Alamo Drafthouse Cinema files for Chapter 11 bankruptcy, cites effects of coronavirus pandemic
Alamo Drafthouse Cinema announced Wednesday that it has voluntarily filed for bankruptcy as the coronavirus pandemic continues to have an effect on its business.
The Austin-based company also announced it entered into an purchase agreement for the sale of its assets to a senior lender group. The group includes Altamont Capital Partners, which was already an investor in the company, along with new investor Fortress Investment Group. Alamo Drafthouse co-founder Tim League, who is currently the company's executive chairman, is also part of the investor group.
The Alamo Drafthouse Ritz in downtown Austin, as well as locations in New Braunfels and Kansas City, Missouri, will be permanently closed. All other theaters that are currently open will continue to be open in accordance with local pandemic guidelines, the company said.
"The transaction will provide the company with much-needed incremental financing to stabilize the business during the pandemic, which has had an unprecedented and outsized impact upon the movie theater and dining industries," the company said in a written statement.
"More importantly, it will position Alamo Drafthouse to return to growth and continue executing on its long-term strategic vision," the statement continued.
Alamo said it will continue to evaluate all its leases during the bankruptcy process to determine additional lease terminations and to decide which locations will be part of the future business.
“Because of the increase in vaccination availability, a very exciting slate of new releases, and pent-up audience demand, we're extremely confident that by the end of 2021, the cinema industry – and our theaters specifically – will be thriving,” League said in a written statement.
Reached by phone Wednesday, League declined to comment further about the filing.
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Like all indoor movie theaters, Alamo Drafthouse has faced difficulties since last spring, when the pandemic put stress on the entertainment industry. After closing locations in March, the company declined to reopen its Texas theaters right away when Gov. Greg Abbott allowed indoor cinemas to resume operation. Alamo later reopened some of its locations late in summer 2020, with a detailed pandemic protocol plan.
In the meantime, Alamo Drafthouse laid off employees, created a COVID-19 relief fund, hired a new CEO, former Starbucks exec Shelli Taylor, as League stepped into a new role as executive chairman, and launched a streaming platform, Alamo On Demand. The brand's signature film festival, Fantastic Fest, moved to a primarily digital format in the fall. In October, a lawsuit filed against Alamo Drafthouse’s Mueller cinema accused the theater of failure to pay overdue rent and other expenses.
“Alamo Drafthouse had one of its most successful years in the company’s history in 2019 with the launch of its first Los Angeles theater and box office revenue that outperformed the rest of the industry,” Taylor said in a written statement. “We’re excited to work with our partners at Altamont Capital Partners and Fortress Investment Group to continue on that path of growth on the other side of the pandemic.”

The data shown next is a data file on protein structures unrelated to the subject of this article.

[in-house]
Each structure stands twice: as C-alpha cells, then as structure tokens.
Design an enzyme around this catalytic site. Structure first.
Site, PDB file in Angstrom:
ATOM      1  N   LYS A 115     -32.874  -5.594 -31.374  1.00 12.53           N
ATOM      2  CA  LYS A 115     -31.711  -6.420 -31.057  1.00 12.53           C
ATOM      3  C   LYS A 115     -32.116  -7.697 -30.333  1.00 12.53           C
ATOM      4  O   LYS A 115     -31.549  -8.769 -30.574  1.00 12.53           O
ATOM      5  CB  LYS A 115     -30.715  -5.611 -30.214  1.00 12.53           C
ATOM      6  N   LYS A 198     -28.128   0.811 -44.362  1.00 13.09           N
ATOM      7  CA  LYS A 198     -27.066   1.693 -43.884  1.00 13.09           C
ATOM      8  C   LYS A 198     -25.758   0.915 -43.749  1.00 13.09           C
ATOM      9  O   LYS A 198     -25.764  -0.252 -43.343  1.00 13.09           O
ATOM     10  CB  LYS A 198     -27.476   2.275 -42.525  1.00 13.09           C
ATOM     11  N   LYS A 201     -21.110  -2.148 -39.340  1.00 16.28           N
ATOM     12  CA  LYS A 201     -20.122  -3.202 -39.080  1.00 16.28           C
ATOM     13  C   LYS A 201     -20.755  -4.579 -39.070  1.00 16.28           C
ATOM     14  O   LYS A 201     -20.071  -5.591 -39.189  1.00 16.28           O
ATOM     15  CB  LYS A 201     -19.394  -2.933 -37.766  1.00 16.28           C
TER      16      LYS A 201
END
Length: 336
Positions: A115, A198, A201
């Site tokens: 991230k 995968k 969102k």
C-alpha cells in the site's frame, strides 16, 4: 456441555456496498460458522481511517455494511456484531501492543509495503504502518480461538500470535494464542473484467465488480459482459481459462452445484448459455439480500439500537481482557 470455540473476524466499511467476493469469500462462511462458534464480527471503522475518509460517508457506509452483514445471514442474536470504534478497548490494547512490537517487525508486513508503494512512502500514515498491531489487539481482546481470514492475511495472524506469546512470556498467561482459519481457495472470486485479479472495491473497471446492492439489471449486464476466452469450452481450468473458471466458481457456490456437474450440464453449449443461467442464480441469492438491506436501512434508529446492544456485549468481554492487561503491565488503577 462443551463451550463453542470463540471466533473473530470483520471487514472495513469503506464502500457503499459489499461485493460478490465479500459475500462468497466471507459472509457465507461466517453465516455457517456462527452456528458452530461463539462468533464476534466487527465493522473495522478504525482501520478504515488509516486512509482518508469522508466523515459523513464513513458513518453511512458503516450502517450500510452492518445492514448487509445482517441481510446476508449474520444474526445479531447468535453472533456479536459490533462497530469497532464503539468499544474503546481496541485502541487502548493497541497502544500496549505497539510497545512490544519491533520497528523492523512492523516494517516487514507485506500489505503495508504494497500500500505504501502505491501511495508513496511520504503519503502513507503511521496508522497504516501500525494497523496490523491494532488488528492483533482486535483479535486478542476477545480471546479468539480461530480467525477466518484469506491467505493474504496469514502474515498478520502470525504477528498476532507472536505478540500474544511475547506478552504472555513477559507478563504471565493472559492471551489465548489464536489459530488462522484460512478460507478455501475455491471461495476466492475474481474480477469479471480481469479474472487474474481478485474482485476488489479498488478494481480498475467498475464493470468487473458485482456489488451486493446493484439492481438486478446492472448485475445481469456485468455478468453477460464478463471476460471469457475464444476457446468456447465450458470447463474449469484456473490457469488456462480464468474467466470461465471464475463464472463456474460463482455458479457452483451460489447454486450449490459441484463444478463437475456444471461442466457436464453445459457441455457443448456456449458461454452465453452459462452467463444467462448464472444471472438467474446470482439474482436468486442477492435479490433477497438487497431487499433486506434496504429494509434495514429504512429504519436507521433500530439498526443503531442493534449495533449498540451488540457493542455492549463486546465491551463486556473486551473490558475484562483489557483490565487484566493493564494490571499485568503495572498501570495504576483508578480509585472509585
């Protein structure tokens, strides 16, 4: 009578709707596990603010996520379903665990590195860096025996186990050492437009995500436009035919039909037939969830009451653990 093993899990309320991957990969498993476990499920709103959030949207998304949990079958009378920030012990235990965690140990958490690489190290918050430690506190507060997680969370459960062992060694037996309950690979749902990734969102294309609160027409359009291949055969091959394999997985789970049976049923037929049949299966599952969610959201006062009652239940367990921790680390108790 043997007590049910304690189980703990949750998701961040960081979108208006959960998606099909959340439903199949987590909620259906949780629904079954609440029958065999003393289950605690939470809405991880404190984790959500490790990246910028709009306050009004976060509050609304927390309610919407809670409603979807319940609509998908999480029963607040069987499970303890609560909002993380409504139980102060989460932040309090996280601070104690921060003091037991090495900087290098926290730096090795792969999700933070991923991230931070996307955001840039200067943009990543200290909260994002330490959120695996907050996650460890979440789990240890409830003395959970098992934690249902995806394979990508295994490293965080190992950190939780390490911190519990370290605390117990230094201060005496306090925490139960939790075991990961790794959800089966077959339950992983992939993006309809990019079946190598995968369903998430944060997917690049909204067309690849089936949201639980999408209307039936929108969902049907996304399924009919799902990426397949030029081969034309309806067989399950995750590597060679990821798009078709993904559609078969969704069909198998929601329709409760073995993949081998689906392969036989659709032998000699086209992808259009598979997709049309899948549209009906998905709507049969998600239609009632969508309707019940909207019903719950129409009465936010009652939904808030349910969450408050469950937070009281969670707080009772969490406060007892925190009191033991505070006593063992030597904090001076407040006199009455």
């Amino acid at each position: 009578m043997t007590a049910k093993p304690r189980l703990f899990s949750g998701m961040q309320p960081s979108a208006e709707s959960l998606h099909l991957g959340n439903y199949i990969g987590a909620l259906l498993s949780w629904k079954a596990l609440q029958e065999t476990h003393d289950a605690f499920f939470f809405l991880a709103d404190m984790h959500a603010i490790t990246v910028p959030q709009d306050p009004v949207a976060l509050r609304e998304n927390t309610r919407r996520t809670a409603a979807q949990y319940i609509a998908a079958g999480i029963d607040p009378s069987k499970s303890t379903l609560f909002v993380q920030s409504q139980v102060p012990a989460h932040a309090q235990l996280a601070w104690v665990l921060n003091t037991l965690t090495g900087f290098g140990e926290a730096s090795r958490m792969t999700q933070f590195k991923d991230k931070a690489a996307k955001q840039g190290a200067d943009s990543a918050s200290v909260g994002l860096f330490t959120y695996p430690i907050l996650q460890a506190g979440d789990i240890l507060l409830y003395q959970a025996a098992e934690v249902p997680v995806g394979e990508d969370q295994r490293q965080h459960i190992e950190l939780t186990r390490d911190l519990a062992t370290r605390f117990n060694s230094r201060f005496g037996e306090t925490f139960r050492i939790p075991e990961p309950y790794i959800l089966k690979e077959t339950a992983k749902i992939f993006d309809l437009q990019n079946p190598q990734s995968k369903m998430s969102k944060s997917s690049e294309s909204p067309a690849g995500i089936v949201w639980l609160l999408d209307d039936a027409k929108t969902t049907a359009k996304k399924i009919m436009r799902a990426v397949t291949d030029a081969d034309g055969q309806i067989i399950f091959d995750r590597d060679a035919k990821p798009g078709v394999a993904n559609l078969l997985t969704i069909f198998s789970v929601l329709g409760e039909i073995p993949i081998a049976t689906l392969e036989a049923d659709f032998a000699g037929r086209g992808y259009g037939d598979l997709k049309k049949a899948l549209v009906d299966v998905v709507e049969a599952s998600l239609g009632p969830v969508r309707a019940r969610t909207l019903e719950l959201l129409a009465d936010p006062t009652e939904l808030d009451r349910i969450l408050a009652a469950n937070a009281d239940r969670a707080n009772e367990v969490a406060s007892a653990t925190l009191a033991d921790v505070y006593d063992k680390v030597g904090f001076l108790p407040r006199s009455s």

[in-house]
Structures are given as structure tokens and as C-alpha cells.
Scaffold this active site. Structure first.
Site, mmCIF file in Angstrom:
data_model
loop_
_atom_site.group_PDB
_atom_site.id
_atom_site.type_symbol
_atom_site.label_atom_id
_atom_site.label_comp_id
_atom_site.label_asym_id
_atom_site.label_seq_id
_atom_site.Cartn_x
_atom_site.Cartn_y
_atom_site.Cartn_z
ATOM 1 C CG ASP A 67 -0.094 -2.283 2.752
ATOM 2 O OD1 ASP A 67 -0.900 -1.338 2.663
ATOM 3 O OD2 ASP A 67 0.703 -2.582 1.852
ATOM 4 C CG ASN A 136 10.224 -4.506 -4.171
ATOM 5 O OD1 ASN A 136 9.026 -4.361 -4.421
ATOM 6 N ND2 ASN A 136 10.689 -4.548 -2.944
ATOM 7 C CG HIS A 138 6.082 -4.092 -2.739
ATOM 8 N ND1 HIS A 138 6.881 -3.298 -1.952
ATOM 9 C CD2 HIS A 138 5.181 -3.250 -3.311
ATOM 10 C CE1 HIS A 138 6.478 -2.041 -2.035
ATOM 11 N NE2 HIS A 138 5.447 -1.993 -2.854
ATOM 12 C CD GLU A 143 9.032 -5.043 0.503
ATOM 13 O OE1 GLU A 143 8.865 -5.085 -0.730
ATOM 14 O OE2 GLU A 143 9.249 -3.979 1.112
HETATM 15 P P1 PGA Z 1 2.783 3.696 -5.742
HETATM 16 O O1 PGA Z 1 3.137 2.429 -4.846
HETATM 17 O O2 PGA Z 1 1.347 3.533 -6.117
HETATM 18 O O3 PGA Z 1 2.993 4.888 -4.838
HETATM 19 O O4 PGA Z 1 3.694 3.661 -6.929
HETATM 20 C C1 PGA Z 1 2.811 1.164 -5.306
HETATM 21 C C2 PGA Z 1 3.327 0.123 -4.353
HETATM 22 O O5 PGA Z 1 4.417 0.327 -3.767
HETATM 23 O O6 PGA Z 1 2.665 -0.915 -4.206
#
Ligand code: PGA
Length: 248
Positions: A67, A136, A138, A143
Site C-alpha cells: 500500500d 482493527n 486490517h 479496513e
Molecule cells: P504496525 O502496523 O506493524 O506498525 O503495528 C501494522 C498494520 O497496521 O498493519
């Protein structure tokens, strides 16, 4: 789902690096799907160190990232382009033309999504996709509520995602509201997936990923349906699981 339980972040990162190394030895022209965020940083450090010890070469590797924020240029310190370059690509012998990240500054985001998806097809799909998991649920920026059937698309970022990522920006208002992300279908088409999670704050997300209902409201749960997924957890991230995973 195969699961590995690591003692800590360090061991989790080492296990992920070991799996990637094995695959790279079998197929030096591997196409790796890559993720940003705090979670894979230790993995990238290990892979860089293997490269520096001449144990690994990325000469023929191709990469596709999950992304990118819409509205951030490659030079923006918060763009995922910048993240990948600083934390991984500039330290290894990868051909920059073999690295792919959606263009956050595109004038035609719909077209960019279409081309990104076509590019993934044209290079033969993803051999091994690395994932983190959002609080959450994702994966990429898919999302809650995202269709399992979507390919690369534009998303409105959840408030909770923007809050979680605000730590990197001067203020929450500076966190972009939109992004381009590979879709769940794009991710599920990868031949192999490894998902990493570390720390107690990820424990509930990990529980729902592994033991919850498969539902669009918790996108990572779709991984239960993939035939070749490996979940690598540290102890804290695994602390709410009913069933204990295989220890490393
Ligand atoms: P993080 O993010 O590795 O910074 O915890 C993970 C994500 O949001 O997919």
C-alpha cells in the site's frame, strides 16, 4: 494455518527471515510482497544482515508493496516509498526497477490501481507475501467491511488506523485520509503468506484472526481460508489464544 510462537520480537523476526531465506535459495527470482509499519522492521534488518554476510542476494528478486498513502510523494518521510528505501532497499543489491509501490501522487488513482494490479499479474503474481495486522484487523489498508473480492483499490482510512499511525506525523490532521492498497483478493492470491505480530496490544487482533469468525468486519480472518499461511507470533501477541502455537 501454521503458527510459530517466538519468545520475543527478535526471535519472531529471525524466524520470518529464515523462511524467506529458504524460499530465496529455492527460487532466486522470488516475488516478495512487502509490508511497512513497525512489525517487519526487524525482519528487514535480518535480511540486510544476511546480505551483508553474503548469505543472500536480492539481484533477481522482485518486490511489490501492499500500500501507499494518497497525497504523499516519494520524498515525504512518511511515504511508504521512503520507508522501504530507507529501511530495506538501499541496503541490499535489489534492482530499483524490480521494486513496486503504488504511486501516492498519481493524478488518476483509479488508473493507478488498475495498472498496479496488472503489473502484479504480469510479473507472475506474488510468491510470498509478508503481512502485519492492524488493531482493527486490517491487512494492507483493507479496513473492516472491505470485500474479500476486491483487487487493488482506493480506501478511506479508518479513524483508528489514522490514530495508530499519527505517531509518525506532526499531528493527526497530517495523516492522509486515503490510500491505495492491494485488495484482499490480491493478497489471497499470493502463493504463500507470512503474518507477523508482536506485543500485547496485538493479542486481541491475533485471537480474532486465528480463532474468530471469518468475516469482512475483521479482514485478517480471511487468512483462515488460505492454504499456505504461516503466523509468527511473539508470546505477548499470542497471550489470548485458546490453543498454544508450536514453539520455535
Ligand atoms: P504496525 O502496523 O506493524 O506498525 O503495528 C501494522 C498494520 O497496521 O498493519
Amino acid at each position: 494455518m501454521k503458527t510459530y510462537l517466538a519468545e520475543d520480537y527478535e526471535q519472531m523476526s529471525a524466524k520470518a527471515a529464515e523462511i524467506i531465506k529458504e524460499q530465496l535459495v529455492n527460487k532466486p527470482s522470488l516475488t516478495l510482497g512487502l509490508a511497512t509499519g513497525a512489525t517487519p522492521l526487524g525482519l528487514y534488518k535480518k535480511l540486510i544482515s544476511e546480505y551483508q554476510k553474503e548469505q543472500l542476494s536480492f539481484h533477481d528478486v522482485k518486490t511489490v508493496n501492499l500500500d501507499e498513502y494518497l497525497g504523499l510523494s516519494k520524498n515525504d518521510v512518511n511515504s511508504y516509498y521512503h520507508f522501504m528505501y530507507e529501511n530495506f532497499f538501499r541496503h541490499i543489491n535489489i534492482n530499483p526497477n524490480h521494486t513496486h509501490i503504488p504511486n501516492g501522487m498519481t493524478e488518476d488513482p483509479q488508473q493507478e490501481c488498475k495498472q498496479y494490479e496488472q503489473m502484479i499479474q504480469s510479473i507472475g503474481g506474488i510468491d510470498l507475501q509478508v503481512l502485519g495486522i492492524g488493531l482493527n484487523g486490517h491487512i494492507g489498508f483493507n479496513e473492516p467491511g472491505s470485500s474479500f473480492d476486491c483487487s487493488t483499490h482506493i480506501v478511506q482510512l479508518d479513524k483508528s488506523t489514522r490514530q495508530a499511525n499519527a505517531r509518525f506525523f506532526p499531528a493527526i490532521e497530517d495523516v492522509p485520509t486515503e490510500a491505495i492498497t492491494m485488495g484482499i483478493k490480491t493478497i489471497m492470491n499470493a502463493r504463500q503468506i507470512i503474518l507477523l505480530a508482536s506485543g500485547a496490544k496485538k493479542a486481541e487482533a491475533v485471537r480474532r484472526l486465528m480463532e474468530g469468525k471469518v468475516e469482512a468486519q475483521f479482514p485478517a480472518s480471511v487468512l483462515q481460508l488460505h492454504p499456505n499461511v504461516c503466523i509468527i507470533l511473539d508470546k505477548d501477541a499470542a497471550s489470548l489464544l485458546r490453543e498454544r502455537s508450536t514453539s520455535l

In an interview in October, League told the American-Statesman that the company expected to bounce back after the pandemic was under control. "We refuse to let this destroy us. We’re going to figure out how to come out of the debt hole that we’re in from closing the theater," he said.
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The company in November held an auction of movie posters from League's personal collection, with proceeds said to go toward compensating staff and paying debt and expenses accrued during the pandemic theater closures. At the time, League said in a statement that debt from accrued rent continued to mount for the chain.
After Abbott announced Tuesday that he was lifting the state's mask mandate and business capacity limits as the pandemic continues to rage, Alamo Drafthouse released a statement that it would keep its mask policy in place, as well as other safety measures. "We are only following the guidance of the CDC and medical experts, not politicians," the statement read. "Right now, at what we hope is the beginning of the end of COVID, the health of our teams and our guests remains this company's top priority.”
Alamo Drafthouse was founded by League and his wife, Karrie, in 1997 in Austin. Over almost a quarter of a century, it's grown into an influential nationwide chain and a pioneer of the dinner-and-a-movie model, also branching out into merchandising and film preservation arms.
The first Alamo Drafthouse location was on Colorado Street. With the closure of the Ritz on Sixth Street, which opened in 2007, the chain will no longer have a presence in downtown Austin. Prior to the pandemic, the chain operated 36 cinema-eateries in 22 markets across 10 states.